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Reply #46: I've been following this story for months. [View All]

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Starry Messenger Donating Member (1000+ posts) Send PM | Profile | Ignore Wed May-12-10 04:58 PM
Response to Reply #44
46. I've been following this story for months.
Edited on Wed May-12-10 05:11 PM by Starry Messenger
:shrug: You obviously just got to it today.

Did you read my subject line? The. Fair. Grounds. is. not. the. only. proposal. Hopefully a gentleman of your skill and probity would infer that there were other projects in the works.

http://money.cnn.com/2009/12/29/news/economy/farming_de...


That sounds like a buying opportunity, and in fact Detroit looks pretty good right now to a young artist or entrepreneur who can't afford anyplace else -- but not yet to an investor. The smart money sees no point in buying as long as fresh inventory keeps flooding the market. "In the target sites we have," says Hantz, "we every two weeks."

As Hantz began thinking about ways to absorb some of that inventory, what he imagined, he says, was a glacier: one broad, continuous swath of farmland, growing acre by acre, year by year, until it had overrun enough territory to raise the scarcity alarm and impel other investors to act. Rick Foster, an executive at the Kellogg Foundation whom Hantz sought out for advice, nudged him gently in a different direction.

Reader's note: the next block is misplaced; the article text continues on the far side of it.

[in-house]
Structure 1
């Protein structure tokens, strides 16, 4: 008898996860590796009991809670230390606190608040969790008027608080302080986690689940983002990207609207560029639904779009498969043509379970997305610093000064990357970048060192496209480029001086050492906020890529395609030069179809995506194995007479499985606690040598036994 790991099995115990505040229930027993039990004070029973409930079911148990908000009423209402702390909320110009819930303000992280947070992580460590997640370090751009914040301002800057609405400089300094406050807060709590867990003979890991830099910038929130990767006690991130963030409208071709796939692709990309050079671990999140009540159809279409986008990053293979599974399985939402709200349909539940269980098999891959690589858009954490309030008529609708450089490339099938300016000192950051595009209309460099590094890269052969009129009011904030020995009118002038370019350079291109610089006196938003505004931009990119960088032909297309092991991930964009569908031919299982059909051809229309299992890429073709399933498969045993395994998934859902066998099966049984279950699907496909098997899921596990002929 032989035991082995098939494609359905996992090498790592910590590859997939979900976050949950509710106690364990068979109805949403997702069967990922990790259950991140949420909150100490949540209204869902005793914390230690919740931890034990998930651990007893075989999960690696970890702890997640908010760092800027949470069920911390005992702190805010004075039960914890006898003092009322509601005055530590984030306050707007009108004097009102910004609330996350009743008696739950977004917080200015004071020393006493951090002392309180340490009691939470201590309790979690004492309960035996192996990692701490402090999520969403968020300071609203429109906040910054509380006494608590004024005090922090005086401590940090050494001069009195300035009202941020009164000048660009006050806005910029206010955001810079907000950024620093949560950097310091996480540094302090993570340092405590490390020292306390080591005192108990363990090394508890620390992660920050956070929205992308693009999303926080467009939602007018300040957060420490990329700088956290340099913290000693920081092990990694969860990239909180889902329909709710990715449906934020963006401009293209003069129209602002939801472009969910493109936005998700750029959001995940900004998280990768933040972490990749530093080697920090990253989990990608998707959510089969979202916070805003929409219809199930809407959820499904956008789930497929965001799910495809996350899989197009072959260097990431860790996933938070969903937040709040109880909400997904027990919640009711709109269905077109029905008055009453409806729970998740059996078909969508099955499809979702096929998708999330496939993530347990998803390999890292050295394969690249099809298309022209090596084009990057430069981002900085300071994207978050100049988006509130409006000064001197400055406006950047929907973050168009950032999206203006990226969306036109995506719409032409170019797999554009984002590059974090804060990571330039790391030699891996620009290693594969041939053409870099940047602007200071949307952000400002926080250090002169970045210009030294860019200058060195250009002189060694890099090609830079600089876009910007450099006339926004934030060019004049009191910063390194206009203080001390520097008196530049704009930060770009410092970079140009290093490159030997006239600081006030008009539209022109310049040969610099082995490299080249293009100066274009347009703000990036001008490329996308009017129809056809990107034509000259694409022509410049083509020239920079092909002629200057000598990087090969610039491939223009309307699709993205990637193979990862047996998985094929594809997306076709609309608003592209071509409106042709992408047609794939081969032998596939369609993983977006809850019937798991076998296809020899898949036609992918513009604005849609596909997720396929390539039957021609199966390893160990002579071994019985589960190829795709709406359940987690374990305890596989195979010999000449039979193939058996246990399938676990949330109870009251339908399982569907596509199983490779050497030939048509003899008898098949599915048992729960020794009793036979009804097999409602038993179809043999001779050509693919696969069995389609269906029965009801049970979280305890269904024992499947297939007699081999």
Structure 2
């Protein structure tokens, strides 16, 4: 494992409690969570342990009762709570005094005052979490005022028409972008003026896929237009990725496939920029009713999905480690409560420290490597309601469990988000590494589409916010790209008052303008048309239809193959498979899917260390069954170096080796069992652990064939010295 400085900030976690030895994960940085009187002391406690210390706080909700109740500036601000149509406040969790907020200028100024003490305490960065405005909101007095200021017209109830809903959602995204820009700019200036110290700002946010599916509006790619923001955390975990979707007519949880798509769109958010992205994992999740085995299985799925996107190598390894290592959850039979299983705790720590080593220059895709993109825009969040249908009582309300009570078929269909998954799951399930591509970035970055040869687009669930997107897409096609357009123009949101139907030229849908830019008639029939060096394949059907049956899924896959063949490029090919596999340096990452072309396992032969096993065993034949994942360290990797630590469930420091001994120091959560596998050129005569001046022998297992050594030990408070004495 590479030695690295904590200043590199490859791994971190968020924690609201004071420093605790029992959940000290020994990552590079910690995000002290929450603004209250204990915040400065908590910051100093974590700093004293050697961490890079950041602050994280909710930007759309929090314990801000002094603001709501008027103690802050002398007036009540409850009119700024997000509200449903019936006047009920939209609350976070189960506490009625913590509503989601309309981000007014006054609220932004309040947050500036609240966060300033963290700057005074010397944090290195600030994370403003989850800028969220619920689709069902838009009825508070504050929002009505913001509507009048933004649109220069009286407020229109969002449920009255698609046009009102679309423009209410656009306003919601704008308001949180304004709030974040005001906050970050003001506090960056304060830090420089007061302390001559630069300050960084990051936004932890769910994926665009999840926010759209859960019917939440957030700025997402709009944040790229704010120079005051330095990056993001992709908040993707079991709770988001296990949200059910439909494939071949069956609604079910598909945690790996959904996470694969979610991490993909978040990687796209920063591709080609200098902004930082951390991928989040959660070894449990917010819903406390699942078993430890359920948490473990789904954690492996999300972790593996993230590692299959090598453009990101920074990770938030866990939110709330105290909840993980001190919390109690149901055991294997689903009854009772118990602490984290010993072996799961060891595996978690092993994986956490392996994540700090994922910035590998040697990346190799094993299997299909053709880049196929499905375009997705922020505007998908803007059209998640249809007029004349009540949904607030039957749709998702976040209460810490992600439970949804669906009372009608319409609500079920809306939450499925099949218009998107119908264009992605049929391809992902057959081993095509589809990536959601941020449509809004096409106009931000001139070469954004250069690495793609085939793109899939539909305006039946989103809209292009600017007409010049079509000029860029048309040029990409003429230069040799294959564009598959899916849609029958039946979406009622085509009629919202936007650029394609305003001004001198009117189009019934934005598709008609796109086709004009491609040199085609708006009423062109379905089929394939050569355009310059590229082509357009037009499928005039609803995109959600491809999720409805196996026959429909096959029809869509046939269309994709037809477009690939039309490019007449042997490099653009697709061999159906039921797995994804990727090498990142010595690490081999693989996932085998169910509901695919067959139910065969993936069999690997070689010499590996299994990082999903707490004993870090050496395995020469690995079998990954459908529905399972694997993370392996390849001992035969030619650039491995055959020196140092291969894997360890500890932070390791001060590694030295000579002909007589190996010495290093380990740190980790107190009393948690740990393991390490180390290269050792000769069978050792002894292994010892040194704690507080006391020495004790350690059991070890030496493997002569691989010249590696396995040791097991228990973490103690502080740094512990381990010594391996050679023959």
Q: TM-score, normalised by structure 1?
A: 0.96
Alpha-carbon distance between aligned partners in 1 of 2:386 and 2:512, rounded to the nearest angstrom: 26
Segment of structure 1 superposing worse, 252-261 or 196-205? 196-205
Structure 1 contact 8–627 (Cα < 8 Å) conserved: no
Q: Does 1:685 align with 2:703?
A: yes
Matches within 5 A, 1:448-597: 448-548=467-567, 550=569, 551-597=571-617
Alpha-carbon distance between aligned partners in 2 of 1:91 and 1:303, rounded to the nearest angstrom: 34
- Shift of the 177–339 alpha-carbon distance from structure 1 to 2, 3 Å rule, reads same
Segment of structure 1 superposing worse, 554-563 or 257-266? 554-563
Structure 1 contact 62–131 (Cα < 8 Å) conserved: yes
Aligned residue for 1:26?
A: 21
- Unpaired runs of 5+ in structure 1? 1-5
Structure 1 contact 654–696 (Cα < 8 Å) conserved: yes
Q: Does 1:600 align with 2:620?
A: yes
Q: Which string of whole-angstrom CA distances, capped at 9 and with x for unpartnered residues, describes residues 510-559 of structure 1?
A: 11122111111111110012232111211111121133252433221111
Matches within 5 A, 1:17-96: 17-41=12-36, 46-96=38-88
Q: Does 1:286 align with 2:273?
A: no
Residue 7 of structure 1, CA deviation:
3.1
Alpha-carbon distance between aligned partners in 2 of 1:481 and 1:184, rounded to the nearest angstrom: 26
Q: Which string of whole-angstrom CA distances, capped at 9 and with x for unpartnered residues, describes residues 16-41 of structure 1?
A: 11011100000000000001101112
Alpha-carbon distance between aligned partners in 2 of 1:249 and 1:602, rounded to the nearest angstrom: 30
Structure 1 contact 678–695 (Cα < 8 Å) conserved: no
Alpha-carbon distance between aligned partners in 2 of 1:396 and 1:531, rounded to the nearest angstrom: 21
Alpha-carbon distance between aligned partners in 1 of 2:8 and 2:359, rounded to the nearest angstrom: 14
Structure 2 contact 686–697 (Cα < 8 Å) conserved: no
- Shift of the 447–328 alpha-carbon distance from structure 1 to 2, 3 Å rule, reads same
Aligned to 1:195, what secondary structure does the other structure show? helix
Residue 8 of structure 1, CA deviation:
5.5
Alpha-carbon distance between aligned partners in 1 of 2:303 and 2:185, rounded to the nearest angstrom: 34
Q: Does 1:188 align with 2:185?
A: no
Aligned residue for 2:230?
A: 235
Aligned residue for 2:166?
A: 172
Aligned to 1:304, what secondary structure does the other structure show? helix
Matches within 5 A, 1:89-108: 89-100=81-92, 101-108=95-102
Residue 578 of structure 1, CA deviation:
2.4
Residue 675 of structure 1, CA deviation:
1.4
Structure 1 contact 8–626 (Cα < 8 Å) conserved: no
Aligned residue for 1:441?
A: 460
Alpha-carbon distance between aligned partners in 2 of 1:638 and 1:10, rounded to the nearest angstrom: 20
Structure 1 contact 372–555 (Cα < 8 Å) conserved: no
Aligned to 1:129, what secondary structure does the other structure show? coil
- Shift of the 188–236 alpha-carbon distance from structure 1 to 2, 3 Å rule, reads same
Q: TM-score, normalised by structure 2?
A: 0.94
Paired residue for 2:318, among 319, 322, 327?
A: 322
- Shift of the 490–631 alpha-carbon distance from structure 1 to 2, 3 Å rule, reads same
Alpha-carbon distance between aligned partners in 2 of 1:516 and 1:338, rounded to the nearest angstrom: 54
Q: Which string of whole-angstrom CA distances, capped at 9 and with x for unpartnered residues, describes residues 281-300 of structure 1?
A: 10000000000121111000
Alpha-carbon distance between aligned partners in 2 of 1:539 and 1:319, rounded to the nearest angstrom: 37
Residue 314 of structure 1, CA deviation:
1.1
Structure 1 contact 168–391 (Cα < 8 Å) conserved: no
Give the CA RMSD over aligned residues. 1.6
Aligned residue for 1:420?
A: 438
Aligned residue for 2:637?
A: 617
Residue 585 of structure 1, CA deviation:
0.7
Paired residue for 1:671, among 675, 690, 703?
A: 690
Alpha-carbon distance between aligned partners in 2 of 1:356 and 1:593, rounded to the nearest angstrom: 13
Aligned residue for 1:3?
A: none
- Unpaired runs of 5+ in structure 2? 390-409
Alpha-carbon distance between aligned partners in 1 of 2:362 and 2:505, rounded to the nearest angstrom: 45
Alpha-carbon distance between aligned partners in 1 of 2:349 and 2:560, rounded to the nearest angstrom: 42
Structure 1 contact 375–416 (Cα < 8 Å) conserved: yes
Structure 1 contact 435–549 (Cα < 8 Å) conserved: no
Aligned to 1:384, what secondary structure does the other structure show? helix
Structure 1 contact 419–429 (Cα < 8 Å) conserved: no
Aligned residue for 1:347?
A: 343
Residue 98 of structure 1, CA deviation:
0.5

Hantz says he's willing to put up the entire $30 million investment himself -- all cash, no debt -- and immediately begin hiring locally for full-time positions. But he wants two things first from Jackson at the DEGC: free tax-delinquent land, which he'll combine with his own purchases, he says (he's aiming for an average cost of $3,000 per acre, in line with rural farmland in southern Michigan), and a zoning adjustment that would create a new, lower tax rate for agriculture. There's no deal yet, but neither request strikes Jackson as unattainable. "If we have reasonable due diligence," he says, "I think we'll give it a shot."

Detroit mayor Dave Bing is watching closely. The Pistons Hall of Fame guard turned entrepreneur has had what his spokesman describes as "productive discussions" with Hantz. In a statement to Fortune, Bing says he's "encouraged by the proposals to bring commercial farming back to Detroit. As we look to diversify our economy, commercial farming has some real potential for job growth and rebuilding our tax base."

Hantz, for his part, says he's got three or four locations all picked out ("one of them will pop") and is confident he'll have seeds in the ground "in some sort of demonstration capacity" this spring. "Some things you've got to see in order to believe," he says, waving his cigar. "This is a thing you've got to believe in order to see."


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